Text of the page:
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Bank Quality, Judicial Efficiency and Loan Repayment Delays in Italy

Author

Listed:
  • Fabio Schiantarelli

    (Boston College
    IZA)

  • Massimiliano Stacchini

    (Bank of Italy)

  • Philip E. Strahan

    (Boston College
    NBER)

Abstract

Exposure to liquidity risk makes banks vulnerable to runs from both depositors and from wholesale, short-term investors. This paper shows empirically that banks are also vulnerable to run-like behavior from borrowers who delay their loan repayments (default). Firms in Italy defaulted more against banks with high levels of past losses. We control for borrower fundamentals with firm-quarter fixed effects; thus, identification comes from a firm’s choice to default against one bank versus another, depending upon their health. This ‘selective’ default increases where legal enforcement is weak. Poor enforcement thus can create a systematic loan risk by encouraging borrowers to default en masse once the continuation value of their bank relationships comes into doubt.

Suggested Citation

  • Fabio Schiantarelli & Massimiliano Stacchini & Philip E. Strahan, 2016. "Bank Quality, Judicial Efficiency and Loan Repayment Delays in Italy," Boston College Working Papers in Economics 901, Boston College Department of Economics, revised 01 Sep 2019.
  • Handle: RePEc:boc:bocoec:901
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    Cited by:

    1. Drozd, Lukasz A. & Serrano-Padial, Ricardo, 2018. "Financial contracting with enforcement externalities," Journal of Economic Theory, Elsevier, vol. 178(C), pages 153-189.
    2. Fabiano Schivardi & Enrico Sette & Guido Tabellini, 2017. "Credit misallocation during the European financial crisis," BIS Working Papers 669, Bank for International Settlements.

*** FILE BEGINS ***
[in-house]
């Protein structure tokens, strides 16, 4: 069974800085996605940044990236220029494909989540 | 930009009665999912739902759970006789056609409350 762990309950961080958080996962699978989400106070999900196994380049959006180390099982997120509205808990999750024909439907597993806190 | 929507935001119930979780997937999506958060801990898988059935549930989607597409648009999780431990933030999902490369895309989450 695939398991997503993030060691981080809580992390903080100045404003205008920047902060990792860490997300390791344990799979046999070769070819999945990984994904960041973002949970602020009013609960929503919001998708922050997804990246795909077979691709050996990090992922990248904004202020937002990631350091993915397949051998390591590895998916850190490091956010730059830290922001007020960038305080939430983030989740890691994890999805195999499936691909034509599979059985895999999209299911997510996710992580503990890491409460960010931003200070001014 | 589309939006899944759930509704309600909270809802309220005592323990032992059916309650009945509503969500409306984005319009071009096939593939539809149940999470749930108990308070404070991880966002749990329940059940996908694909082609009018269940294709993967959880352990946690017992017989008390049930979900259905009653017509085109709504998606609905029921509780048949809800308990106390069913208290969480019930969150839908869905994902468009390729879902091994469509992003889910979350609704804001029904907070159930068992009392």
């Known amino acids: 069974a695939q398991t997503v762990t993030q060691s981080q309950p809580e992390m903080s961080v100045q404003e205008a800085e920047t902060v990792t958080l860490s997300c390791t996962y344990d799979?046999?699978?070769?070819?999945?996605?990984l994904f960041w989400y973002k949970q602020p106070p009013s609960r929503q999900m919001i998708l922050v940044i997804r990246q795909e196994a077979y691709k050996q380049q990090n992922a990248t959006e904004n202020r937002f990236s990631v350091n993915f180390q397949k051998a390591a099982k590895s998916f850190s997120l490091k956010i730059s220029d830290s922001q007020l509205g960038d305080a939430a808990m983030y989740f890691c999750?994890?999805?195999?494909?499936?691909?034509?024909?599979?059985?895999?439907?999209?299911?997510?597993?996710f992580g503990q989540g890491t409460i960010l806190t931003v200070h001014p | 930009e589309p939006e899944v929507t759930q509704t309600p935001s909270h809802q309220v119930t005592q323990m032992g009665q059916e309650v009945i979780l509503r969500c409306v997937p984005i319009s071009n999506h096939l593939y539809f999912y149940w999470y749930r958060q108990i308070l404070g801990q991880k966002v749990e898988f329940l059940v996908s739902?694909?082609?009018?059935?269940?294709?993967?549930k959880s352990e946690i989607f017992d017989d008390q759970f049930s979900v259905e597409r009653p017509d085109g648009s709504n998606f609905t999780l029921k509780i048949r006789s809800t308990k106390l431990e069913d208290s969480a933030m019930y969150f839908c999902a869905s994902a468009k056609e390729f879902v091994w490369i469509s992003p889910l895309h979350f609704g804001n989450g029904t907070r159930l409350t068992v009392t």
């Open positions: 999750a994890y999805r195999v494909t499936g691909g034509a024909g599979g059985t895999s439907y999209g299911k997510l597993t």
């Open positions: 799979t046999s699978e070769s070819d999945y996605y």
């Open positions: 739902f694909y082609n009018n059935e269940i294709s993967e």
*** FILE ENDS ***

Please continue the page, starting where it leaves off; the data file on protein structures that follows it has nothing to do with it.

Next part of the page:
3. Roman Horvath, 2018. "Financial market fragmentation and monetary transmission in the euro area: what do we know?," Journal of Economic Policy Reform, Taylor & Francis Journals, vol. 21(4), pages 319-334, October.
    4. Sutherland, Andrew, 2018. "Does credit reporting lead to a decline in relationship lending? Evidence from information sharing technology," Journal of Accounting and Economics, Elsevier, vol. 66(1), pages 123-141.
    5. Gao, Haoyu & Ru, Hong & Tang, Dragon Yongjun, 2021. "Subnational debt of China: The politics-finance nexus," Journal of Financial Economics, Elsevier, vol. 141(3), pages 881-895.
    6. Müller, Karsten, 2022. "Busy bankruptcy courts and the cost of credit," Journal of Financial Economics, Elsevier, vol. 143(2), pages 824-845.
    7. Giacomo Rodano, 2021. "Judicial efficiency and bank credit to firms," Temi di discussione (Economic working papers) 1322, Bank of Italy, Economic Research and International Relations Area.
    8. Michel Alexandre & Thiago Christiano Silva & Krzysztof Michalak & Francisco A. Rodrigues, 2021. "Does Default Pecking Order Impact Systemic Risk? Evidence from Brazilian data," Working Papers Series 557, Central Bank of Brazil, Research Department.
    9. Greta Falavigna & Roberto Ippoliti, 2021. "Legal environment and corporate finance: evidence from the Italian manufacturing industry," Journal of Economic Structures, Springer;Pan-Pacific Association of Input-Output Studies (PAPAIOS), vol. 10(1), pages 1-16, December.
    10. Panagiotis Avramidis & Ioannis Asimakopoulos & Dimitris Malliaropulos, 2021. "Disrupted lending relationship and borrower's strategic default: evidence from the tourism industry during the Greek economic crisis," Working Papers 285, Bank of Greece.
    11. Morales-Acevedo, Paola, 2016. "Firms’ Strategic Choice of Loan Delinquencies," Working Paper Series 321, Sveriges Riksbank (Central Bank of Sweden).

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    More about this item

    Keywords

    liquidity risk; bank runs; bank loans;
    All these keywords.

    JEL classification:

    • G0 - Financial Economics - - General
    • G3 - Financial Economics - - Corporate Finance and Governance
    • K0 - Law and Economics - - General
    • K2 - Law and Economics - - Regulation and Business Law

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